ST. LOUIS -- It's a constant at any level -- a good pitcher can make a great baseball team look awfully bad. "We've all been there," Cardinals manager Tony La Russa said on Tuesday night after Chris Carpenter shut down the Tigers, 5-0, on three hits in Game 2 of the World Series at Busch Stadium. "[Jeremy] Bonderman can do it to us [on Wednesday]." Nothing would make Tigers manager Jim Leyland any happier with the Cardinals holding a 2-1 lead in the best-of-seven series, which is threatening to extend past Halloween if this week's projected inclement weather pans out.
So far, starting pitching has dominated and the Tigers have Bonderman, first-game loser Justin Verlander, and second-game winner Kenny Rogers, set to go in the next three games. La Russa has National League Championship Series MVP Jeff Suppan in Wednesday night's Game 4. After that, it's up for grabs. La Russa could come back with Game 1 winner, rookie Anthony Reyes, but then again, maybe not. "All [pitching coach] Dave [Duncan] and I have talked about is keeping our options open," La Russa said. "That's one of the beauties of playing in October in a short series -- you get to consider bringing guys back on three days' rest when you wouldn't think about it during the season. So it's Supp [on Wednesday] and we'll see after that." Reyes, Rogers and Carpenter dominated the first two games, combing for a 3-0 record and an 0.75 ERA -- two earned runs on nine hits in 24 innings. Jeff Weaver (in Game 2) and Nate Robertson (on Tuesday night), also pitched pretty well. The ERA of those five pitchers is 2.38 -- nine earned runs in 34 innings. Only the rookie Verlander has had a shabby outing. Add his six earned runs in five innings and the ERA of all the starters is only 3.46. So it stands to reason that starting pitching will continue to dominate a series that may go the distance for the first time since 2002, when the Angels came back to defeat the Giants in seven games. "Normally, when you get to a World Series, there's good pitching on both teams, and that's certainly the case here, that's the way it is," Leyland said. "And these are two teams that have very good pitching. They're on a roll right now with their staff and we've pretty much been on a roll all year with our staff. There's one common denominator: if you get to the World Series, you have to have good pitching. And you have to beat one to win."
The Tigers' starting pitching dominated in the first two rounds.It wasn't so long ago that Rogers and Bonderman made the Yankees look sick in the final two games of their American League Division Series. The Yanks were upset in four games, and in the aftermath, fans were calling for manager Joe Torre to be fired and two-time AL MVP Alex Rodriguez to be banished to Siberia. Cooler heads prevailed and both are still with the team. After the Tigers swept the A's, holding them to nine runs in four games, cooler heads didn't. Oakland manager Ken Macha was dismissed, although he had two years to go on his contract. Nothing that dramatic will happen after this series. But the Cardinals seem to have the upper hand. Carpenter wasn't even their best starter in the National League Championship Series against the Mets. He was blown out of Game 2 and took the loss in Game 6. Suppan was the guy, allowing one run on five hits in 15-plus innings in his two NLCS starts. He won Game 3 and wasn't the victor in Game 7, but he pushed the Cards into the eighth inning and that was good enough. Wednesday night will be his last start of the postseason. Let the games begin. "Supp is a professional guy who prepares himself mentally and physically," said Carpenter, the reigning NL Cy Young Award winner and a top candidate to win again this year. "He's ready to go out and compete and he can execute. I've seen that in the last two series. I'm looking forward to it. It's going to be a fun night." Fun if you're a Cardinals fan. Not so much fun if you root for the Tigers. Even the Cardinals manager looked pretty grim, but that's no shock. "We have a lot of respect for the Tigers," La Russa said. "Each of these guys, they're working hard right through the end of the postseason. Nobody is backing off. It won't be an easy game."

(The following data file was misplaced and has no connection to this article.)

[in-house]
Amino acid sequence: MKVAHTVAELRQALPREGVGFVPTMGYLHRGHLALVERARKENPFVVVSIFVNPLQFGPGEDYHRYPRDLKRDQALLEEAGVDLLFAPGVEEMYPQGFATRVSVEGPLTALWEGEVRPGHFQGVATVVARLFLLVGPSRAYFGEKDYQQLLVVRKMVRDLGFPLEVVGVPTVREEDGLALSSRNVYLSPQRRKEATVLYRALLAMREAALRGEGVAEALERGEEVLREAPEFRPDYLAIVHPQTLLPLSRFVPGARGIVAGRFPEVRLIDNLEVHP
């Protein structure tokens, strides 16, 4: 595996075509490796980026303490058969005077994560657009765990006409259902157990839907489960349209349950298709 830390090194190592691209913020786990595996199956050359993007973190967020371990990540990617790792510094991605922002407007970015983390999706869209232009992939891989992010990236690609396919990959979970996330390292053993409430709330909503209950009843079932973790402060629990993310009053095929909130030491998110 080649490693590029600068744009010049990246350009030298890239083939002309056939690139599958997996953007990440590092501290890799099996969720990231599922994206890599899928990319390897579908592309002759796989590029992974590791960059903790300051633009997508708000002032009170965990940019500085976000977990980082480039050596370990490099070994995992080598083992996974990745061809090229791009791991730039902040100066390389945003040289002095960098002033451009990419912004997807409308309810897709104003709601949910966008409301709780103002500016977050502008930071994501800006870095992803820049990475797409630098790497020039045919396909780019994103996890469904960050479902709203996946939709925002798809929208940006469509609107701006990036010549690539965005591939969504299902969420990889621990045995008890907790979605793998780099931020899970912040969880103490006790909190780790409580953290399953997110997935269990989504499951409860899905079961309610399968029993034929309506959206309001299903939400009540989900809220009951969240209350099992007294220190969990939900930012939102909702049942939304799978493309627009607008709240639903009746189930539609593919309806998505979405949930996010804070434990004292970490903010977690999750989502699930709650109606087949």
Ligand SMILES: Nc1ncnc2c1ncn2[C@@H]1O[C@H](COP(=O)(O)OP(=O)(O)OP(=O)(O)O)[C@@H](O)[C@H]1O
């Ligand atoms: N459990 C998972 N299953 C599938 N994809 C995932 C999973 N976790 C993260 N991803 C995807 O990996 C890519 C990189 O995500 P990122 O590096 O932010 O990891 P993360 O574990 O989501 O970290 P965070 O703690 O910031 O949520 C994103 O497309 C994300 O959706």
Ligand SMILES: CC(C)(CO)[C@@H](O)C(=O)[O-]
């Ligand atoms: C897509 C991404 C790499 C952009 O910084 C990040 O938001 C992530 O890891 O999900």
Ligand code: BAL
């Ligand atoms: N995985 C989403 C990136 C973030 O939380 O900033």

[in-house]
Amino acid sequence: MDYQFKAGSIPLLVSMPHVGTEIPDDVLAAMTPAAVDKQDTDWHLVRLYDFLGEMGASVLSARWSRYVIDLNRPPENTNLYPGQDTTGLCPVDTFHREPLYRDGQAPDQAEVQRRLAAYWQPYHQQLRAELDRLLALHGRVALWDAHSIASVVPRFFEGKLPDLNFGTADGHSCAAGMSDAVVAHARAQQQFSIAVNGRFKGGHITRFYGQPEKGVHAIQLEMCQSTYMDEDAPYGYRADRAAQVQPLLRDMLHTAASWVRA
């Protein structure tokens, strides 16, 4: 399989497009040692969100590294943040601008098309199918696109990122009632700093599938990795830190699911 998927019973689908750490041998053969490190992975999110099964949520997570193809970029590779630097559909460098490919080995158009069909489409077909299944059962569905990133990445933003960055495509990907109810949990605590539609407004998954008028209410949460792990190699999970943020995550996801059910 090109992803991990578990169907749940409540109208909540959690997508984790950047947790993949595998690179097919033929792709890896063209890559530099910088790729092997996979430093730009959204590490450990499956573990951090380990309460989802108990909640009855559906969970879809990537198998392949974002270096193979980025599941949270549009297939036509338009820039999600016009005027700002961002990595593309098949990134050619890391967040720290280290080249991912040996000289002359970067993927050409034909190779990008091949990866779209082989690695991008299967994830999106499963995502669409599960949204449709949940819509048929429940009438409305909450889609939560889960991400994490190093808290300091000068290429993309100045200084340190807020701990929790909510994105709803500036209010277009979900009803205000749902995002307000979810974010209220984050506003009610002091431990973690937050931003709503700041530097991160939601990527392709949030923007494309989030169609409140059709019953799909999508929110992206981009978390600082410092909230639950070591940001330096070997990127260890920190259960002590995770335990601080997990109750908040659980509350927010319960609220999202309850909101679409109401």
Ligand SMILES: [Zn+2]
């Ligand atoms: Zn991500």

Barry M. Bloom is a reporter for MLB.com. This story was not subject to the approval of Major League Baseball or its clubs.